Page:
Volume 7 - Issue 1, 2007 - Country Focus: Radiology in Italy

Education and Training in Radiology:The Experience in Italy


Prof. Davide Caramella

Associate Professor of


Department of Diagnostic

and Interventional

Radiology University of Pisa

Pisa, Italy


In Italy, there are thirty-eight universities to which students may apply in order to enter medical school. A very competitive admission test is obligatory in order to begin the six-year medical school training. In this period, medical students are exposed to radiology and related topics in several of their mandatory courses, namely: medical physics, diagnostic imaging, radiotherapy and medical oncology and neurological sciences. After successful completion of medical school and after a period of practical training, young doctors may apply for admission to one of the residential programmes, which is offered by the universities. Admission is based on the medical school curriculum of the candidates and on the results of a complex admission test whose characteristics are described on the following webpage: http://scuole-specializzazione.miur.it/index.html

Residency Programmes

Presently, all residency programmes in diagnostic and interventional radiology are four years long, although in the near future a five year residency programme will be implemented. The residency programme covers all main subspecialty fields of radiology and allows the resident to gain experience of both diagnostic and interventional aspects of the discipline. Special emphasis is given to teaching and discussing appropriateness criteria for diagnostic exams and interventional procedures. An in-depth study is devoted to radiobiology and radiation protection. No management course is provided during residency, as radiological education in Italy is mainly clinically oriented.


At the end of a very intense full-time programme, in which residents are required to rotate in all the different sections of their departments, they have to pass a final examination that includes the discussion of a thesis, which has the typical format of a scientific paper. After completion of the programme, all residents who have successfully passed the examination, can start working as certified radiologists in private practices, as well as in public and private hospitals and clinics

Continued Education

During the professional life of radiologists, there is no formal re-certification exam, but it is required that all radiologists, as any other medical professional in Italy, accumulate CME credits in order to prevent obsolescence of their professional knowledge. Overall, the radiological profession in Italy is enjoying a very good phase. Presently there is no evidence of radiological unemployment in Italy. The proportions of young and female radiologists are constantly increasing and due to the competitive access both to medical school and to residency programmes, the quality of new professionals is reaching a high standard of excellence. This may explain the very high number of abstracts submitted by Italian radiologists to the ECR 2007, that successfully passed the peer-review process. It is noteworthy that the number of Italian educational exhibits is second only to Spain, another country in which a very active radiological community is flourishing.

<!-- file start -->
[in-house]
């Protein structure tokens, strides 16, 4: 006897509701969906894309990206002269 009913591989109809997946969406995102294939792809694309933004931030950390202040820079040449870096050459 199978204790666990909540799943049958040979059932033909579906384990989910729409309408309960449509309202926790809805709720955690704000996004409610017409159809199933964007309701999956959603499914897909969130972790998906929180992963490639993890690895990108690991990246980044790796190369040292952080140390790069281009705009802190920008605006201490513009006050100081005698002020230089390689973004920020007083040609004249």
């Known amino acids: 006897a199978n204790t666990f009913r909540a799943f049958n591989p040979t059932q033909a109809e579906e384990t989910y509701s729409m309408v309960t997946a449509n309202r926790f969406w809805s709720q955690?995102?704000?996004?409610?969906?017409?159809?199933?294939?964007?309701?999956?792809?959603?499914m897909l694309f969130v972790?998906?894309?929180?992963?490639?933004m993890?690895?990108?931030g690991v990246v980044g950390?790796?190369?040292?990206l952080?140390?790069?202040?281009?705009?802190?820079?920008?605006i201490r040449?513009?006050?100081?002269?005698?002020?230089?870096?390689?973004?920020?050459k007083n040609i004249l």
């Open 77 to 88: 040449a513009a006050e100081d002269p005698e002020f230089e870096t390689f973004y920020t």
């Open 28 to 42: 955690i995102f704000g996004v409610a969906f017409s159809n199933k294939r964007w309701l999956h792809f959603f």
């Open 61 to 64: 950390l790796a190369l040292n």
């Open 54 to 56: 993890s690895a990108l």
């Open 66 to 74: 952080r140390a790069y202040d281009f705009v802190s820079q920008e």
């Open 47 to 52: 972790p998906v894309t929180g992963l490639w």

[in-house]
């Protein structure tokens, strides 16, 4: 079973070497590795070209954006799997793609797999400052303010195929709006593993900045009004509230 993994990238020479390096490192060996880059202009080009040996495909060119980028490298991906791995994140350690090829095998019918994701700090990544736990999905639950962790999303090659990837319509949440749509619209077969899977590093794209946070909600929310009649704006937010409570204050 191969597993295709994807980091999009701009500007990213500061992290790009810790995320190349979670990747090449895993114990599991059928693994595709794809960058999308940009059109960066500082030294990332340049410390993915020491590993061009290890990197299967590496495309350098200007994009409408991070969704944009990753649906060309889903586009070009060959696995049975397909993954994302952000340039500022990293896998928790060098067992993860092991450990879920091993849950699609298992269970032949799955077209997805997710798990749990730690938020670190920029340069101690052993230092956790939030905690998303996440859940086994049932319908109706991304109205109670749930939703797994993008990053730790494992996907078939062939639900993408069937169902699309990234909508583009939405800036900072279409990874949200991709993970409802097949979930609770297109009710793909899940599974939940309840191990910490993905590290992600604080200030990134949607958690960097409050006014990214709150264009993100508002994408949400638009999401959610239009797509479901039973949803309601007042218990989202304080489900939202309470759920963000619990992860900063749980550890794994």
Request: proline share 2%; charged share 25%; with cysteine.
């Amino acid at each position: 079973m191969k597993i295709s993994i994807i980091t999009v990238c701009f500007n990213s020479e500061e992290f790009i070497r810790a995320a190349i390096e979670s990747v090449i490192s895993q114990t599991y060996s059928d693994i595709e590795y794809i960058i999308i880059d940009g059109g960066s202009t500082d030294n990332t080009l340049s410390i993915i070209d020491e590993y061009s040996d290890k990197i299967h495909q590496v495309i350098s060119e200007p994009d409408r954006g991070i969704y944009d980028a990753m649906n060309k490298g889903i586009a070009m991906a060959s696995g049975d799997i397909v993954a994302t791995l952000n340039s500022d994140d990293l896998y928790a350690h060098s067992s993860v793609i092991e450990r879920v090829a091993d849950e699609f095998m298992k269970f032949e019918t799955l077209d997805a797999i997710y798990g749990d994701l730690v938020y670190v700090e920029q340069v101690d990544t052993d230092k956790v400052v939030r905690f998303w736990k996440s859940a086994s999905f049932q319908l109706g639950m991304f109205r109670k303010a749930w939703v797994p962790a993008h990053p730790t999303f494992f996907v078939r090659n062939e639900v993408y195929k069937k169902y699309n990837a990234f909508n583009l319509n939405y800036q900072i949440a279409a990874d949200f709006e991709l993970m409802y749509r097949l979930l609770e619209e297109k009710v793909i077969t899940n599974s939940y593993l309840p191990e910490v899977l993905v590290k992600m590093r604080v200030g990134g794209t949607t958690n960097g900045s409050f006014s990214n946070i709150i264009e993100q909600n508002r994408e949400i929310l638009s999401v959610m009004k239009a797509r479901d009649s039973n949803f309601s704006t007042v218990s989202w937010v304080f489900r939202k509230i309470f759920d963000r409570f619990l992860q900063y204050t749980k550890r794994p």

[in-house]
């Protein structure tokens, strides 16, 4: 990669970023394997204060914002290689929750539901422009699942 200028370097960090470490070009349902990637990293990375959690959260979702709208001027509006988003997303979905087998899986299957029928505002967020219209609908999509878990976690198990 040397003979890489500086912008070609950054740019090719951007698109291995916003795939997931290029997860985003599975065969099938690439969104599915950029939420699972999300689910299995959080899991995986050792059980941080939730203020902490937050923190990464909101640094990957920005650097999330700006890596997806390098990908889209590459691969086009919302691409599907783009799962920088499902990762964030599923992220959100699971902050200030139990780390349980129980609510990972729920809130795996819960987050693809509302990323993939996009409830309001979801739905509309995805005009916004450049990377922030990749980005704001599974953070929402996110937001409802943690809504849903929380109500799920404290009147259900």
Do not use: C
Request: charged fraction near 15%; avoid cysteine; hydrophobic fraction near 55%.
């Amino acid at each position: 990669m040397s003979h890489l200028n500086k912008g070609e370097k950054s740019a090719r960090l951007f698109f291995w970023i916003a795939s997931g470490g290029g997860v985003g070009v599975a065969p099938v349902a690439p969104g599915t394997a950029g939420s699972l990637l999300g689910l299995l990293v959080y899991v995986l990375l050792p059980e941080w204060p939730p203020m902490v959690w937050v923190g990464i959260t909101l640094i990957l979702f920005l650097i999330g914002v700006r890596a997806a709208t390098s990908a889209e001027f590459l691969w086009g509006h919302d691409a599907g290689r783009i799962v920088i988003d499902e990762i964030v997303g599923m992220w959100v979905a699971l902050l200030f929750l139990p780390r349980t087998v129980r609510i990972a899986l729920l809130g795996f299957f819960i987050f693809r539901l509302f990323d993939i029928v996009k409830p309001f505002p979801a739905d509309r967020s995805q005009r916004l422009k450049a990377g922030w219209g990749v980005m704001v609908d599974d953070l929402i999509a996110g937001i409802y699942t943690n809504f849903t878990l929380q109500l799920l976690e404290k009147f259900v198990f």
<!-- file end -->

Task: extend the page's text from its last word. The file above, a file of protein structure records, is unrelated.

Another characteristic of Italian radiologists is their marked interest in e-learning, as a part of their continuing education. This is well-documented by the active participation of Italian radiologists in Eurorad, the e-learning initiative of the ESR, as authors, reviewers and readers. This highly merited teaching file database is accessible at the address: www.eurorad.org.


The Italian Society of Radiology (SIRM) is actively upgrading its systems to satisfy the growing requirements coming from its members in terms of innovative services. The SIRM website is constantly updated by Prof. Biagio Merlino and his team, in order to provide, for example, all main official documents produced by the society that may be needed in daily practice as well as for research purposes. A sample of this wealth of data that is freely available, can be viewed at the address: http://www.sirm.org/professione/lineeguida/.On the website, members of the scientific society may read issues of “La Radiologia Medica”, downloading individual articles (written in Italian and English) as .pdf files and can gain access to many challenging “quiz” cases.

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AuthorProf. Davide CaramellaAssociate Professor ofRadiologyDepartment of DiagnosticandInterventionalRadiologyUniversity of PisaPisa, [email protected]

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